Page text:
Decisions, Decisions, Decisions
Preparing a will: a way to model conscious aging for our middle aged daughters.
Posted Jan 11, 2018
As aging women, the decisions we need to make about the closing down of our lives are both specific and yet filled with bewildering ambiguity. What are we leaving behind? Who inherits the artifacts that represent our lives? How and why have they been chosen?
When my father died, he left the money that had been accumulated to my mother. That was common then, and undoubtedly still is. But he didn’t leave me anything. I was a grown woman, in my forties, but I wanted something. His Masonic ring. His wristwatch. The ice skates he wore when we used to go to the rink on Sunday afternoons. I know I could have asked my mother for those objects and she would have happily given them to me. But I wanted him to be thinking about me as he made his final decisions. I wanted him to honor the unique 'us-ness' of our relationship. It’s not just a home and money that is left when a parent dies. It’s an acknowledgment of the memories, the history, the sense of continuity that death unearths and requires.
I have walls of books that have accompanied my life. They are not books that my daughters will ever want to read. My furniture is not to their taste and in any case, their homes are already furnished. My mother’s silver bell, sentimental only to me, has to be disposed of. And my journals. Do I want my daughters to read them? Do I want to be known in the private recesses of my life? What is it that each of my daughters would most cherish? I need to be sure that she knows it is in her name.
Financially I will have an easier time than many women I know. Whatever little bit of money will remain after my death will be split equally. But what of women who have one successful adult child and another struggling and probably unable to ever fully provide for themselves? What if both of them are financially stable, but one of the grandchildren is a special needs child? What if you are very close to one and estranged from another?
How do women make their way through the necessary thicket of decisions before they are made for us? How do we identify the choices that reflect our deepest values? Do we decide upon an equal division of assets? Do we create our division by need? Do we determine based on the quality of the relationship we have with each of our children? Or perhaps our values lead us to leave all or a part of our resources to a cultural or religious or political organization? How do we imagine our children will feel about that sort of resolution?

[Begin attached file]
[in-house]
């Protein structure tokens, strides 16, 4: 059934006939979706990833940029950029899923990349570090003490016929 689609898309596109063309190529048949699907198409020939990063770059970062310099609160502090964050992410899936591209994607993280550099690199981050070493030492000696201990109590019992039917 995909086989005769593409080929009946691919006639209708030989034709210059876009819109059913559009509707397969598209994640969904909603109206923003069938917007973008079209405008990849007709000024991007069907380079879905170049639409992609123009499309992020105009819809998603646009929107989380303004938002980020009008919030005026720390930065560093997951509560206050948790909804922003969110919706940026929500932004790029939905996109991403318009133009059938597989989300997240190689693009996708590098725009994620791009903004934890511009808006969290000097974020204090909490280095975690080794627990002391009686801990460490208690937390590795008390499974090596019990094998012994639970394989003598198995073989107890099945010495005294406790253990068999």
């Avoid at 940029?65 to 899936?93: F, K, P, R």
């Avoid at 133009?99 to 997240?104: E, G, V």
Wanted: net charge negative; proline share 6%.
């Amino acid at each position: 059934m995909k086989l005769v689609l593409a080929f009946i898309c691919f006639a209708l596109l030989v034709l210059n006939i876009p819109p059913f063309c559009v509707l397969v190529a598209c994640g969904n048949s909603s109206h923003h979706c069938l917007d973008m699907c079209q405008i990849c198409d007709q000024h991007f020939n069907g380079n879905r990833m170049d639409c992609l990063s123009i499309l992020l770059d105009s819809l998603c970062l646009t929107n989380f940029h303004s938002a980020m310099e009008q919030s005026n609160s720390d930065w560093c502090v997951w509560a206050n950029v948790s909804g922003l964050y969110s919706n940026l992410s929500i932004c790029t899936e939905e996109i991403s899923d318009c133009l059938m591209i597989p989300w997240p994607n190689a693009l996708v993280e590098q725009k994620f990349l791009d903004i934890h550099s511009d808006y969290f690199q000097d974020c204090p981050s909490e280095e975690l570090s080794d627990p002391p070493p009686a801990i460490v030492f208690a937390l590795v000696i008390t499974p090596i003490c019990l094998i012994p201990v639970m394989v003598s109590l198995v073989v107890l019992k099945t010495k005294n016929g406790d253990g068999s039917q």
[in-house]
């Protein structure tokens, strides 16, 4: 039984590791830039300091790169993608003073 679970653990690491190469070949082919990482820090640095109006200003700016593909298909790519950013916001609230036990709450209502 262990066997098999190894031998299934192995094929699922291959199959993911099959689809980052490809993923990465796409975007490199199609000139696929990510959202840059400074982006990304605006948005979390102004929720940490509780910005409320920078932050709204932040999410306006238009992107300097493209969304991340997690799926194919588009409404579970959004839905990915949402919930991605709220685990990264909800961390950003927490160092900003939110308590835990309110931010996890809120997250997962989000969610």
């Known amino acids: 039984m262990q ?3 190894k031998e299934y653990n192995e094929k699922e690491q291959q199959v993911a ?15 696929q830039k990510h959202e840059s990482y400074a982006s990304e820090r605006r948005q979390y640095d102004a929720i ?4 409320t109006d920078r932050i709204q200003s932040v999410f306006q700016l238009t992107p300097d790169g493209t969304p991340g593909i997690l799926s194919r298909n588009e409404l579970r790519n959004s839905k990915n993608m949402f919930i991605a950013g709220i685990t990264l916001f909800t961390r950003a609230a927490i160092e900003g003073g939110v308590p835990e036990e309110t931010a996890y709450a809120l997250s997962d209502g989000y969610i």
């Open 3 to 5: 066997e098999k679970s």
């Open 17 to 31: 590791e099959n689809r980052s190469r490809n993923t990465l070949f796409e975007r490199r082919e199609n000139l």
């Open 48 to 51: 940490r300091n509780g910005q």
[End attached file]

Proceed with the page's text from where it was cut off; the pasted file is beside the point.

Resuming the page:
In interviews for It Never Ends: Mothering Middle-Aged Women, mothers in their 70s had many questions and very few clear answers. Women understand that making decisions about the disposition of money, the chipped bowl in which thousands of cookies were mixed, photo albums of the baby years and all the objects of a shared daily life are just a stand-in for the inevitable fact that they are approaching the completion of their lives and want those objects to mark the fact that they were here and will be remembered.
Yet the task of identifying and expressing our personal core values through which we make these determinations is another in the multiple forms we continue to mother. How we engage this difficult, painful and complex set of questions and choices may involve conversations with your daughter, or it may be a private more interior process. But however we navigate this time, our daughters are watching. We are modeling a way to incorporate our beliefs in our end of life planning that will confront them when they too are aging and facing these questions.
I want my daughters to witness their mother moving toward the end of her life with the awareness that these years are as much a life stage as was adolescence and menopause, requiring the sometimes painful assessment of the choices I’ve made along the way—choices that have marked and shaped my life, defined who I have become, and how I have lived. I expect my experience will live on in their memories long after I’m gone and help to guide their own aging years. I have been a mother long enough to know that the words I say will matter very much less than the ways they watch me live the years ahead. Mothering never ends.